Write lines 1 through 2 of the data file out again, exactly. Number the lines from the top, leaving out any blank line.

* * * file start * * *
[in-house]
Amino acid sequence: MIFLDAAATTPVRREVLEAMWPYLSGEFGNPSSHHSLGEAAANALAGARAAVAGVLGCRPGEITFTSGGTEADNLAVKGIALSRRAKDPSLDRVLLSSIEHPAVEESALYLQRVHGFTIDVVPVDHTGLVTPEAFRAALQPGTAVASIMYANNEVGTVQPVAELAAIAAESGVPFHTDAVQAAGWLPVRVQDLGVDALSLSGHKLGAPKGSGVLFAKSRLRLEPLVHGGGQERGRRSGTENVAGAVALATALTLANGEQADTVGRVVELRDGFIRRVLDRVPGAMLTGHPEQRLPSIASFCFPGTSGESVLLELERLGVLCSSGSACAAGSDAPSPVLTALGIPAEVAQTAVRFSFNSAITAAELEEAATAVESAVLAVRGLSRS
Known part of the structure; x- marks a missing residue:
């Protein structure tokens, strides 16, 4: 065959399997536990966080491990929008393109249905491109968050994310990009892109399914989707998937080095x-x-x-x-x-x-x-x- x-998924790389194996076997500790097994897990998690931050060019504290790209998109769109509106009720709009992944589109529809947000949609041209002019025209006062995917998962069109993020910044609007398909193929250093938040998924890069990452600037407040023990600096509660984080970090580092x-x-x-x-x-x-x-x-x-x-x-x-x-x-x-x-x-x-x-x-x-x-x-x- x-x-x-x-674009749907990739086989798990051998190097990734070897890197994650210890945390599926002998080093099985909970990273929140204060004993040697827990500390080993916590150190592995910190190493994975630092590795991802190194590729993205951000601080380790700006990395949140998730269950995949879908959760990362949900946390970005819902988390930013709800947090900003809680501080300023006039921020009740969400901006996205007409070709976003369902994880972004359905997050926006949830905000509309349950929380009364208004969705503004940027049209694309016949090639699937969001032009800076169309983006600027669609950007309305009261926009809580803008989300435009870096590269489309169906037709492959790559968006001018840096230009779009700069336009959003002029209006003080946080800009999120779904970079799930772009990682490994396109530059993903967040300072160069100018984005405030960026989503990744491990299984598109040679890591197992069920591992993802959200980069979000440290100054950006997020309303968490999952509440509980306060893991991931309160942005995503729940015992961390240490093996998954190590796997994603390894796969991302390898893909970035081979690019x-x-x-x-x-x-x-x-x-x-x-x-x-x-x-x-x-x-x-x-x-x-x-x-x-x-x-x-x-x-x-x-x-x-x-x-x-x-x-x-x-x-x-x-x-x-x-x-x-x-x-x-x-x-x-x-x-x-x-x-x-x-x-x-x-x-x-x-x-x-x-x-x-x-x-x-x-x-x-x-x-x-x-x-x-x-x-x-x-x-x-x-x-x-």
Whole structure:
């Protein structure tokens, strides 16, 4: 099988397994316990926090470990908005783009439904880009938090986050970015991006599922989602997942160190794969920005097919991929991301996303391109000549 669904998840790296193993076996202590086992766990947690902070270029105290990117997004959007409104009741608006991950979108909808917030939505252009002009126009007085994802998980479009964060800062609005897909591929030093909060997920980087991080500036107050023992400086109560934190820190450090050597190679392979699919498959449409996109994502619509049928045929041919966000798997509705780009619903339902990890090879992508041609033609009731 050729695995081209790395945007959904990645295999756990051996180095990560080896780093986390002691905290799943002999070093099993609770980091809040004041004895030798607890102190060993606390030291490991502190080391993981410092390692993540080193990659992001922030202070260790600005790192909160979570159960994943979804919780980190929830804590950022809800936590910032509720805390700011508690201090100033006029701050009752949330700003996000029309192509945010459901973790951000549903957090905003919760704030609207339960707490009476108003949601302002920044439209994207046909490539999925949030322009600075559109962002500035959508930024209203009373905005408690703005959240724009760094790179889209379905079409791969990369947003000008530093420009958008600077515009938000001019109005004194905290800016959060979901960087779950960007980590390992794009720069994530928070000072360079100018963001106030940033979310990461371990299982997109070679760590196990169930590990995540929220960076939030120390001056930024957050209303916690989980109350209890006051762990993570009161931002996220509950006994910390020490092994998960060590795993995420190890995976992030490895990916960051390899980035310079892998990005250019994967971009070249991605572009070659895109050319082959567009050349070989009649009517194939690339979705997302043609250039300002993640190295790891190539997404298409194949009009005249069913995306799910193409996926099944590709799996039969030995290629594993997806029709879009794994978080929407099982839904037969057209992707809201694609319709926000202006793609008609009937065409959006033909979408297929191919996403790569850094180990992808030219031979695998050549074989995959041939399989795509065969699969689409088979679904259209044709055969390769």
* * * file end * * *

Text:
[in-house]
Amino acid sequence: MIFLDAAATTPVRREVLEAMWPYLSGEFGNPSSHHSLGEAAANALAGARAAVAGVLGCRPGEITFTSGGTEADNLAVKGIALSRRAKDPSLDRVLLSSIEHPAVEESALYLQRVHGFTIDVVPVDHTGLVTPEAFRAALQPGTAVASIMYANNEVGTVQPVAELAAIAAESGVPFHTDAVQAAGWLPVRVQDLGVDALSLSGHKLGAPKGSGVLFAKSRLRLEPLVHGGGQERGRRSGTENVAGAVALATALTLANGEQADTVGRVVELRDGFIRRVLDRVPGAMLTGHPEQRLPSIASFCFPGTSGESVLLELERLGVLCSSGSACAAGSDAPSPVLTALGIPAEVAQTAVRFSFNSAITAAELEEAATAVESAVLAVRGLSRS